The Supreme Court on Tuesday put an end to a lawsuit brought by congressional Democrats that accused President Donald Trump of violating anti-corruption provisions in the U.S. Constitution with his business dealings.
The justices refused to hear an appeal by 215 Senate and House of Representatives Democrats of a lower court ruling that found that the lawmakers lacked the necessary legal standing to bring the case that focused on the Republican president’s ownership of the Trump International Hotel in Washington…
In the case brought by congressional Democrats, the U.S. Court of Appeals for the District of Columbia Circuit in February ruled that individual members of Congress have limited ability to litigate questions affecting the legislative branch as a whole.
One more little tidbit worth noting here. Guess which judge was all for letting this case go forward initially:
The congressional case reached the D.C. appeals court after Judge Emmet G. Sullivan cleared the way for lawmakers to issue 37 subpoenas seeking financial information, interviews and other records, including ones related to Trump Tower and his Mar-a-Lago Club in South Florida.
But that request was put on hold after the appeals court stepped in midstream and intervened — at Trump’s request and with Sullivan’s consent — to consider the untested separation-of-powers issues.
If that name sounds familiar it’s because Judge Sullivan is the same judge still refusing to dismiss the case against Michael Flynn.
In order to really appreciate this win, it’s necessary to walk back through the entire history of emoluments clause lawsuits. It began even before Trump was inaugurated when Richard Painter took over a position held by David Brock as Vice-Chairman of the board for a left-leaning group called Citizens for Responsibility and Ethics in Washington (CREW). Painter and board chairman Norm Eisen co-wrote a piece for the Atlantic headlined “Trump Could Be in Violation of the Constitution His First Day in Office.”
In January 2017, days after Trump’s inauguration, CREW announced plans to file a lawsuit along these lines, alleging that, in particular, Trump’s hotel put him in violation of the emoluments clause forbidding the acceptance of payments from foreign dignitaries. Here’s a bit of what the NY Times reported back then about the people behind the lawsuit. Right away there was a potential problem with the lawsuit:
The plaintiff in the lawsuit is a liberal group known as Citizens for Responsibility and Ethics in Washington, which until recently was controlled by David Brock, a Democratic Party operative and fervent supporter of Hillary Clinton’s campaign…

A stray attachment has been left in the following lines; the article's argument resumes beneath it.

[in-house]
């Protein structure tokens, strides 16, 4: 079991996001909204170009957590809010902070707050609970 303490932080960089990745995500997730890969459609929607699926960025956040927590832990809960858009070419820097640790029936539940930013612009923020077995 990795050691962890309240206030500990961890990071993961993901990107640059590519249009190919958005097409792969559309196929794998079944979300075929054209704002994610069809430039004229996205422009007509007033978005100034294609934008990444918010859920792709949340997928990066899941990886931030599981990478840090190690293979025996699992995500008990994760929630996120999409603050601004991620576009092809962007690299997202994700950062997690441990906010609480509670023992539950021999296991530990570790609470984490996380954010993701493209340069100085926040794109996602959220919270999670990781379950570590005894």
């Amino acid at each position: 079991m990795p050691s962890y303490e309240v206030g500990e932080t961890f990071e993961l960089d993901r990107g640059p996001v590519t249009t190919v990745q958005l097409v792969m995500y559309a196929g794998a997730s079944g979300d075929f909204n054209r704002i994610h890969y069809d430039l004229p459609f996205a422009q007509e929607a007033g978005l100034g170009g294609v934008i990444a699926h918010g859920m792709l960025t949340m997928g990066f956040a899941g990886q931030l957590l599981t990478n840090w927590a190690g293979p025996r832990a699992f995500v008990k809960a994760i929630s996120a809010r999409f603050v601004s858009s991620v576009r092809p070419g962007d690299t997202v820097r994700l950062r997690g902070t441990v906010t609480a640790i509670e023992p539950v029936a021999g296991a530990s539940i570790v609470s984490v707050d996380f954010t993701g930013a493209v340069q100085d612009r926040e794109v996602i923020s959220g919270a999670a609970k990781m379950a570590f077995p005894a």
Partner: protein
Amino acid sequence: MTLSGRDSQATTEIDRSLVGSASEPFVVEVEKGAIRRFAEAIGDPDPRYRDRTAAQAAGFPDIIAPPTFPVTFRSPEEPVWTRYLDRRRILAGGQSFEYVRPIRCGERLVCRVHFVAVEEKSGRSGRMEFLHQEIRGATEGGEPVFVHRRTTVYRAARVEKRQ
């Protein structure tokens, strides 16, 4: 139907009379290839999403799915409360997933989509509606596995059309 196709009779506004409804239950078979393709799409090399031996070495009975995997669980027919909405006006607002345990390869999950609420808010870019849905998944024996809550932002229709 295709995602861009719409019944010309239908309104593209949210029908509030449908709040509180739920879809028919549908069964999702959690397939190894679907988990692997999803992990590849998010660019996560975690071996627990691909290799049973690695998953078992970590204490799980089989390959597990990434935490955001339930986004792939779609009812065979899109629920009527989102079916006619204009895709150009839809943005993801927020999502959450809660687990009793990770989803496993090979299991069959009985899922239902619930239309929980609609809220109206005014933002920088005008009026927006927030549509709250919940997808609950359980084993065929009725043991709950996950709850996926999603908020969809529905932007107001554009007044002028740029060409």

The lawsuit may run into trouble, other legal experts said, given that CREW, as the organization is known, must demonstrate that it would suffer direct and concrete injury to give it standing to sue.
As predicted, the lawsuit did have a problem with standing, so in April 2017 CREW announced it was expanding the lawsuit:
The revised complaint by Citizens for Responsibility and Ethics in Washington, or CREW, is an effort to address what some saw as a critical weakness in the group’s original lawsuit: the lack of a clear victim who could claim injuries resulting from Mr. Trump’s failure either to sell off his business holdings or to place them in a blind trust.
Then in June 2017, Democrats jumped on the bandwagon announcing they would file their own version of the lawsuit. Their hope was that Congress would be able to establish standing:
“We’ll be suing to stop his violations of the emoluments clause,” senior House Judiciary member Jerry Nadler (D-N.Y.) confirmed in an interview. The lawsuit won’t be filed until next week at the earliest but dozens of Democrats on both sides of the Capitol have already signed on in support, Nadler said…
Sen. Richard Blumenthal (D-Conn.), who is spearheading the emoluments effort in the upper chamber, told POLITICO that “there have been extensive discussions” recently on moving forward with legal action…
“Members of Congress we say have standing because the emoluments clause says without the permission of Congress, you can’t accept any gift, etc., etc., from a foreign state,” Nadler said. “We are injured by being denied our right to vote on this, that’s our standing.”
So here we are nearly 3 1/2 years later and despite the best efforts of Rep. Nadler, Sen. Blumenthal, Judge Sullivan and dozens of other elected Democrats, the Supreme Court just let the air out of this balloon once and for all.
The Democrats’ case is done but there are still two similar lawsuits, one brought by two attorneys general and the CREW lawsuit. That lawsuit was dismissed back in December 2017 but was reinstated in 2019 and is still ongoing. If Trump wins re-election next month, we’ll probably see a surge of renewed interest in the case.